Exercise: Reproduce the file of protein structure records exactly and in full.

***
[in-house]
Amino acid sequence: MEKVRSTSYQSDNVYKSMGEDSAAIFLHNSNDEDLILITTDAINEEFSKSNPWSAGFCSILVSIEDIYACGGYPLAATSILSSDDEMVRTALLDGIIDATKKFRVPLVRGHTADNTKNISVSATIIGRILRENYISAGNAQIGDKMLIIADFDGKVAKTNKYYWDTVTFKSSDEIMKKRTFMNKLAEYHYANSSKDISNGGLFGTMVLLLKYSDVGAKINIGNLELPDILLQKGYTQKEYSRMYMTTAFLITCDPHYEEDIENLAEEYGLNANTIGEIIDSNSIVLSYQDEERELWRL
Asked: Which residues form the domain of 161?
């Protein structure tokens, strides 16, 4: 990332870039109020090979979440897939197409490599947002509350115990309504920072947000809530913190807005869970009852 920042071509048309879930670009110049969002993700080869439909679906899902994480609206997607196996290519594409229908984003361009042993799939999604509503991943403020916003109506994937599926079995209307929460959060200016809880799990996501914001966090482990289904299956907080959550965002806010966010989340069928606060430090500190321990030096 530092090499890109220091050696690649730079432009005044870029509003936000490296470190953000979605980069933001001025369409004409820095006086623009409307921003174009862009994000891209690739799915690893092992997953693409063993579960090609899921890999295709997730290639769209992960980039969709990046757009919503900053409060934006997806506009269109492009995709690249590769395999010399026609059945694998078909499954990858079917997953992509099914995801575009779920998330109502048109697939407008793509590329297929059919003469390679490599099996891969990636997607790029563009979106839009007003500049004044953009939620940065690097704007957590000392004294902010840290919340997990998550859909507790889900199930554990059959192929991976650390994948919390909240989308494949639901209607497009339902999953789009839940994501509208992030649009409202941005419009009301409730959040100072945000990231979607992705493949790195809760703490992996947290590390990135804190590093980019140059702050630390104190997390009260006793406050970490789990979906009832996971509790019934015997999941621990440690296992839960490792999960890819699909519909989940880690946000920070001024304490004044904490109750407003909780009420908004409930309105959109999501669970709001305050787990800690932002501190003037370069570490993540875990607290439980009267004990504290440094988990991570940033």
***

[in-house]
Amino acid sequence: MEKVRSTSYQSDNVYKSMGEDSAAIFLHNSNDEDLILITTDAINEEFSKSNPWSAGFCSILVSIEDIYACGGYPLAATSILSSDDEMVRTALLDGIIDATKKFRVPLVRGHTADNTKNISVSATIIGRILRENYISAGNAQIGDKMLIIADFDGKVAKTNKYYWDTVTFKSSDEIMKKRTFMNKLAEYHYANSSKDISNGGLFGTMVLLLKYSDVGAKINIGNLELPDILLQKGYTQKEYSRMYMTTAFLITCDPHYEEDIENLAEEYGLNANTIGEIIDSNSIVLSYQDEERELWRL
Asked: Which residues form the domain of 161?
């Protein structure tokens, strides 16, 4: 990332870039109020090979979440897939197409490599947002509350115990309504920072947000809530913190807005869970009852 920042071509048309879930670009110049969002993700080869439909679906899902994480609206997607196996290519594409229908984003361009042993799939999604509503991943403020916003109506994937599926079995209307929460959060200016809880799990996501914001966090482990289904299956907080959550965002806010966010989340069928606060430090500190321990030096 530092090499890109220091050696690649730079432009005044870029509003936000490296470190953000979605980069933001001025369409004409820095006086623009409307921003174009862009994000891209690739799915690893092992997953693409063993579960090609899921890999295709997730290639769209992960980039969709990046757009919503900053409060934006997806506009269109492009995709690249590769395999010399026609059945694998078909499954990858079917997953992509099914995801575009779920998330109502048109697939407008793509590329297929059919003469390679490599099996891969990636997607790029563009979106839009007003500049004044953009939620940065690097704007957590000392004294902010840290919340997990998550859909507790889900199930554990059959192929991976650390994948919390909240989308494949639901209607497009339902999953789009839940994501509208992030649009409202941005419009009301409730959040100072945000990231979607992705493949790195809760703490992996947290590390990135804190590093980019140059702050630390104190997390009260006793406050970490789990979906009832996971509790019934015997999941621990440690296992839960490792999960890819699909519909989940880690946000920070001024304490004044904490109750407003909780009420908004409930309105959109999501669970709001305050787990800690932002501190003037370069570490993540875990607290439980009267004990504290440094988990991570940033």